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Re: A newbie's confusion about GPL

On Sun, Oct 19, 2003 at 01:07:12AM -0700, Tom wrote:
> > ..as in;  "Where _is_ Osama and Saddam?".  And playing the 
> > "west bank settler" games on the Iraqis, is _not_ gonna help.
> > 
> I'm beginning to see this as an issue over which rational and reasonable 
> people can disagree.
> For me, this all ties back into my "Illusion of Technique" philosophy.  
> The positive argument the anti-Bush people make is: "Iraq is a waste of 
> time; we must eliminate al Quaeda itself."  I answer: show me your 
> SPECIFIC plan, don't just wave your hands and say: "We'll do it."

The was in Iraq was not intended to stop Al Quaeda. If I'm not mistaken
Bin Laden is from Saudi Arabia and he and Al Quaeda seem to be hiding
somewhere in Afghanistan. I won't comment on that war...

On a side note the was on Iraq was also not intended to get rid of
weapons of mass destruction. If the U.S. thought they had them they
wouldn't have risked attacking Iraq (actually they might have, the last
time they did, Iraq was busy bombing Israel and all the while the U.S.
was telling the Israelis that they could shoot down any Iraqi missiles.
But I doubt Israel would fall for that again.).

By waging war on Iraq when there was no clear link between Iraq and Al
Quaeda and when there was no clear evidence of weapons of mass
destruction, the U.S. wanted to show that they can wage war without even
making up semi-coherent reasons. I mean Bush kept
This is about weapons of mass destruction,
This is about terrorism
This is about regime change
We just don't like the sand monkeys :)

> When you press the anti-War people on just *how* they are going to 
> prevent cataclysmic terrorism, they generally bash Bush and say "we'll 
> use police techniques to prosecute them."  Sounds nice, but in 
> actuality, tough choices must be made.

The waging war in Iraq was simply playing into Bin Laden's hands. I mean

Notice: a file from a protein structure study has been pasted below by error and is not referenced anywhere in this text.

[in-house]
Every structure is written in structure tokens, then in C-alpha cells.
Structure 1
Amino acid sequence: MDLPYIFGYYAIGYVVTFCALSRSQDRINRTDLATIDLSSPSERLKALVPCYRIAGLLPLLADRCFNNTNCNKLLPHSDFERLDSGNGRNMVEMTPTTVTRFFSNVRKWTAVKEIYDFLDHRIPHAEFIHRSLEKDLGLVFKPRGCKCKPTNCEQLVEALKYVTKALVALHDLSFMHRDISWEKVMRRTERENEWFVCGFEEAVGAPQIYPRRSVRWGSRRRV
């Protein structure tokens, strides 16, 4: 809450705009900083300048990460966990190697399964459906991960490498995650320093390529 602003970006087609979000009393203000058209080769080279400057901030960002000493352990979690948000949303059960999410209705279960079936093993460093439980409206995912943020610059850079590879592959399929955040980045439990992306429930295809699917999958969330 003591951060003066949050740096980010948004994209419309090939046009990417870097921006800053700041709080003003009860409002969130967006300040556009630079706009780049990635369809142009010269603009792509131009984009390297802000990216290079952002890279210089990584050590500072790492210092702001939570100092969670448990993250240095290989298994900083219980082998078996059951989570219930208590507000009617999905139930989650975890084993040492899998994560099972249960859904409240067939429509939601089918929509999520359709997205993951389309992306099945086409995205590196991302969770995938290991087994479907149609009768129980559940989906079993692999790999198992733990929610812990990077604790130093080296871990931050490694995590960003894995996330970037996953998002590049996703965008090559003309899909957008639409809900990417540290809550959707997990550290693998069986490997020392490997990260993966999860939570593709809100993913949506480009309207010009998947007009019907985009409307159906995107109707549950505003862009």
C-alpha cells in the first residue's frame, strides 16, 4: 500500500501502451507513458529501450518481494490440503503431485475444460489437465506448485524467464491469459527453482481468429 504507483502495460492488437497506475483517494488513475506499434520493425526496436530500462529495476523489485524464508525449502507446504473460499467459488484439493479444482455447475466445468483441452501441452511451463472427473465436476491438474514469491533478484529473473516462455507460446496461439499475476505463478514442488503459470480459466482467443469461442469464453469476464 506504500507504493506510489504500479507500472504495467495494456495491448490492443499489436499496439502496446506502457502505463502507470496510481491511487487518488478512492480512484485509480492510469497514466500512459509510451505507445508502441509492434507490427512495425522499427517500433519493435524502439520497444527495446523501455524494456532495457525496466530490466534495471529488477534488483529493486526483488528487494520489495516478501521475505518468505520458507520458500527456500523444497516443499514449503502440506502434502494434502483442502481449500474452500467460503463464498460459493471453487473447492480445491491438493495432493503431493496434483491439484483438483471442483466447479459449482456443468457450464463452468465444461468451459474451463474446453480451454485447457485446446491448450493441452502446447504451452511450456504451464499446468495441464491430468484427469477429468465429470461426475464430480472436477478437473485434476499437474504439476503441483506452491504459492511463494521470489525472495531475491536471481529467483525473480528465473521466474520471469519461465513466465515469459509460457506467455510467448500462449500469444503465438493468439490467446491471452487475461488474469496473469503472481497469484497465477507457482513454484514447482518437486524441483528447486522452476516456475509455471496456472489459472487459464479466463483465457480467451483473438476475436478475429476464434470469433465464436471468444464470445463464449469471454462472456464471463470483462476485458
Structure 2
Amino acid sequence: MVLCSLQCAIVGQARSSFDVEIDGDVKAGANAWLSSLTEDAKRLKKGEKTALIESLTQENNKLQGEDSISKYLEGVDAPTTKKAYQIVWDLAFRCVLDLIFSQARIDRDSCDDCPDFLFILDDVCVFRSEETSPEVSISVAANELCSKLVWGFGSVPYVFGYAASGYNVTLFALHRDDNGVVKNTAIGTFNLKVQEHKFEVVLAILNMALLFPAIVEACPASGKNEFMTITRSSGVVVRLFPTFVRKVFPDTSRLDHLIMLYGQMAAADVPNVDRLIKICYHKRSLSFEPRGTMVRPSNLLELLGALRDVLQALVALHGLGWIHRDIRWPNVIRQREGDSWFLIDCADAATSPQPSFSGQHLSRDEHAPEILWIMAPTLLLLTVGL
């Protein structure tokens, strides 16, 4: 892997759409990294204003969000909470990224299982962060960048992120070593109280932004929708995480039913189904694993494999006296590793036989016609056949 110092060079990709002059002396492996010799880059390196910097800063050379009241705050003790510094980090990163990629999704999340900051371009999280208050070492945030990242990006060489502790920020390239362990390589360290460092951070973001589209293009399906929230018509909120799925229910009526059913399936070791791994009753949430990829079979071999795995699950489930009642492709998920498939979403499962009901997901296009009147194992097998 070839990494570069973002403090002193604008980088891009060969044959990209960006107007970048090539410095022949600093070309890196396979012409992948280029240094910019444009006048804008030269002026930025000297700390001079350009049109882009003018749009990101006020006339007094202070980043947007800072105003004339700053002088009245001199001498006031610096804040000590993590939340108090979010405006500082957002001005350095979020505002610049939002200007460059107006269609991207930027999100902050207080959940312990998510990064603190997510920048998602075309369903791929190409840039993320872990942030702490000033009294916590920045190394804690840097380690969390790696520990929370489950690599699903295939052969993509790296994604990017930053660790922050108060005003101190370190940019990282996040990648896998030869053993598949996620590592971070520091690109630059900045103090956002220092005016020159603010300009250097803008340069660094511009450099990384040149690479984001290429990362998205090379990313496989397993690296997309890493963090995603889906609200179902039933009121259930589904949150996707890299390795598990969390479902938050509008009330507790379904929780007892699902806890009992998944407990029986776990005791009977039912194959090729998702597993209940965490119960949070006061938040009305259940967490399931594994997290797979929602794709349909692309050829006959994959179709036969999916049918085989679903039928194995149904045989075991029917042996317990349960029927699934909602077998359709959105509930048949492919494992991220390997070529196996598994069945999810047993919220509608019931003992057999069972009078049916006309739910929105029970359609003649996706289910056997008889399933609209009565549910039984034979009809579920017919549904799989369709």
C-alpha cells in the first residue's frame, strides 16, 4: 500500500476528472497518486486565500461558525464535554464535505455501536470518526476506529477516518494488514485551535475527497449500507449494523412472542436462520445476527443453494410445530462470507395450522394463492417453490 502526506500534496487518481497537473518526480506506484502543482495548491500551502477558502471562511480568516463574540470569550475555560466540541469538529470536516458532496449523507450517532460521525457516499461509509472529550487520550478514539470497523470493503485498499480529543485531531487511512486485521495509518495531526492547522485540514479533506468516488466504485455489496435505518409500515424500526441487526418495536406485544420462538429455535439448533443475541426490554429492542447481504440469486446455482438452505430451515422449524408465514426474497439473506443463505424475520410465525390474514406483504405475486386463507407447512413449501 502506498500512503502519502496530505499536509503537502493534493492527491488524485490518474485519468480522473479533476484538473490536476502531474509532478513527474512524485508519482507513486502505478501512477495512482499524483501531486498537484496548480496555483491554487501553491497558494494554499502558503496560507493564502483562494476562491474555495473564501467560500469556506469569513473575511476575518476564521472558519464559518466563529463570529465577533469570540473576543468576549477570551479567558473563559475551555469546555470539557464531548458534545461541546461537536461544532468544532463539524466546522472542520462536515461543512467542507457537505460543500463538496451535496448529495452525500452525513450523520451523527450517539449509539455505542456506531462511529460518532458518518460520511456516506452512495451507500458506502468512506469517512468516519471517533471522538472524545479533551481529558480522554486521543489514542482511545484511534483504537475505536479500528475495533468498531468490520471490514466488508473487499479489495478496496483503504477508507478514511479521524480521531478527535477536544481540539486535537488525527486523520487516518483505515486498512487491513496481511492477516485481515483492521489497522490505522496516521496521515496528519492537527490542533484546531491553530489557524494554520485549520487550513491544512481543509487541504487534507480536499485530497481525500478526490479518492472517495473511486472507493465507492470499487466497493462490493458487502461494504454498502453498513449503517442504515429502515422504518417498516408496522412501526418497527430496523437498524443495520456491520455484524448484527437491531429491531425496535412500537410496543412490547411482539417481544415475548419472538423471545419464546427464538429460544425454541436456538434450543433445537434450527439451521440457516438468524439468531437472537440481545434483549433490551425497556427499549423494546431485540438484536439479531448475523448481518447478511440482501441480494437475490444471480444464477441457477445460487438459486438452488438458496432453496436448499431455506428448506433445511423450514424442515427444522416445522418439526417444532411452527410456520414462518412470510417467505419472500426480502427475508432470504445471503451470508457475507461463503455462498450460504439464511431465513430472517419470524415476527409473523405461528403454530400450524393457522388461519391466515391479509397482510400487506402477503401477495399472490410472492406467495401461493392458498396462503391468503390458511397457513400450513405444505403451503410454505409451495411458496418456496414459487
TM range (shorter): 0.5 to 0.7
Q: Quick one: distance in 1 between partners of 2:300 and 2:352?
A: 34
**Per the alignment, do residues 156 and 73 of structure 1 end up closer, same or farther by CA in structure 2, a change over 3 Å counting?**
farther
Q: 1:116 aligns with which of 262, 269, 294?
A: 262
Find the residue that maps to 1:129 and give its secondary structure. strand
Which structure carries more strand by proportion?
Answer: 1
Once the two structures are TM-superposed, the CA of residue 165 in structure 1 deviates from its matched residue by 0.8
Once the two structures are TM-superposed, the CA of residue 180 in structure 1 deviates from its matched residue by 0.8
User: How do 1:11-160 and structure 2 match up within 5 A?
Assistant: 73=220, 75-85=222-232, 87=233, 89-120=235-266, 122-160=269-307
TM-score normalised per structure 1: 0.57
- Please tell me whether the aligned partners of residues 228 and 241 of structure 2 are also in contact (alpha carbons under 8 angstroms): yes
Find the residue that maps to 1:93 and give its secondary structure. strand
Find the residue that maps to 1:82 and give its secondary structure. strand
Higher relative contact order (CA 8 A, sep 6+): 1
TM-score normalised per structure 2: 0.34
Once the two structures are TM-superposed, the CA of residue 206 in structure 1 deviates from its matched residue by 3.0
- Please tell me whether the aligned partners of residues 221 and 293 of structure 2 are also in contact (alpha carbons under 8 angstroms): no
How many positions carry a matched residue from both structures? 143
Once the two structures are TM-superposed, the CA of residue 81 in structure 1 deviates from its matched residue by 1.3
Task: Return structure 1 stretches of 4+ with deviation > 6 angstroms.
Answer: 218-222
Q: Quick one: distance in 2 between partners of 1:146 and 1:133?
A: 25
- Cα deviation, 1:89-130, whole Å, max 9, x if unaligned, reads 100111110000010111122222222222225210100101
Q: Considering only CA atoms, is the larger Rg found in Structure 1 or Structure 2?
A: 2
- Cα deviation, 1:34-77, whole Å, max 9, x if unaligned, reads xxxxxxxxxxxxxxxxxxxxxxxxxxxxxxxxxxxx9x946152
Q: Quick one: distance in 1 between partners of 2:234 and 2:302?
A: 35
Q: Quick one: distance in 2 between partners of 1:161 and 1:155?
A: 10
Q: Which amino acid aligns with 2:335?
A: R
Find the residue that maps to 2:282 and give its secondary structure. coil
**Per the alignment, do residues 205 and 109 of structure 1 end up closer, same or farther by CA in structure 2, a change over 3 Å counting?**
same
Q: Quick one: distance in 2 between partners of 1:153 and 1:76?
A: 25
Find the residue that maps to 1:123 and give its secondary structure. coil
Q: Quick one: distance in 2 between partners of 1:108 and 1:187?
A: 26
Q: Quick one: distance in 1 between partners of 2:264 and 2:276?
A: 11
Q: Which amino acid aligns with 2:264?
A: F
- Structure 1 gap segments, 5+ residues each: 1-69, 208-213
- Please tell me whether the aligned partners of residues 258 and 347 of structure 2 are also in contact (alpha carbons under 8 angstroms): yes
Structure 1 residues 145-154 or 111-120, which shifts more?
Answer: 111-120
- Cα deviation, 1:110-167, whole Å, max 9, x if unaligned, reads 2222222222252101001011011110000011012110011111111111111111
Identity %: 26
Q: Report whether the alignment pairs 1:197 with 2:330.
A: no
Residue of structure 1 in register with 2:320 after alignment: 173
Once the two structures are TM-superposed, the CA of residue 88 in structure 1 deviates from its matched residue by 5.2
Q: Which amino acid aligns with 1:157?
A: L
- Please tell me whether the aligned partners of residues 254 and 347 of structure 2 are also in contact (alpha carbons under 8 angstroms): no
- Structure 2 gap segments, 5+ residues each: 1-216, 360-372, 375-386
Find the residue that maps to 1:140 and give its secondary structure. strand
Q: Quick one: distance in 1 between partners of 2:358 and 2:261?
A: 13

he was at no risk, since he wasn't in Iraq. There is going to be a lot
of concern and fear in the region, and this is legitimate because the
U.S. has attacked, Afghanistan and Iraq: who's next? Bin Laden is likely
to use this fear to strengthen his own crazy schemes. This is basically
analogous to how the Bush administration twisted people's legitimate
concerns after September 11th to increase support for their crazy
twisted schemes.

> Maybe in 50 years the Muslims will be turning out killer cars like 
> Germany or killer stereos like Japan.

Germany and Japan (during WWII) were very strong countries that used
their economic/military strength in terrible ways against other nations.
To a great extent, the German and Japanese peoples supported these

Most of the people in the Middle East live in countries that are not
powerful at all. Their governments (like so many third world
governments) are corrupt and basically carry out the dirty work of the
West (keeping poor people in line). The people don't support the
government but are powerless to do anything about it because their
governments have the support of the West. For example this a quote from
Noam Chomsky:

     "My own feeling, to tell you the truth, is that there was a great
     opportunity to get rid of Saddam Hussein in March 1991. There was a
     massive Shiite uprising in the south led by rebelling Iraqi
     generals. The U.S. had total command of the region at the time.
     [The Iraqi generals] didn't ask for U.S. support but they asked for
     access to captured Iraqi equipment and they asked the United States
     to prevent Saddam from using his air force to attack the rebels.
     The U.S. refused. It allowed Saddam Hussein to use military
     helicopters and other forces to crush the rebellion.

     You can read it in the New York Times. It was more important to
     maintain stability -- that was the word that was used -- or as the
     diplomatic correspondent of the New York Times put it, the best of
     all worlds for the United States would have been for an iron-fisted
     military junta to seize power and rule in Iraq the way Saddam
     Hussein did. But since we couldn't get that, we'd have to accept
     him. That was the main opportunity of getting rid of him. Since
     then it hasn't been so simple. The forces of resistance were
     crushed with our help, after the war."
     This is from an interview that appeared in Salon Magazine.

So the comparison doesn't hold up.

Bijan Soleymani <bijan@psq.com>

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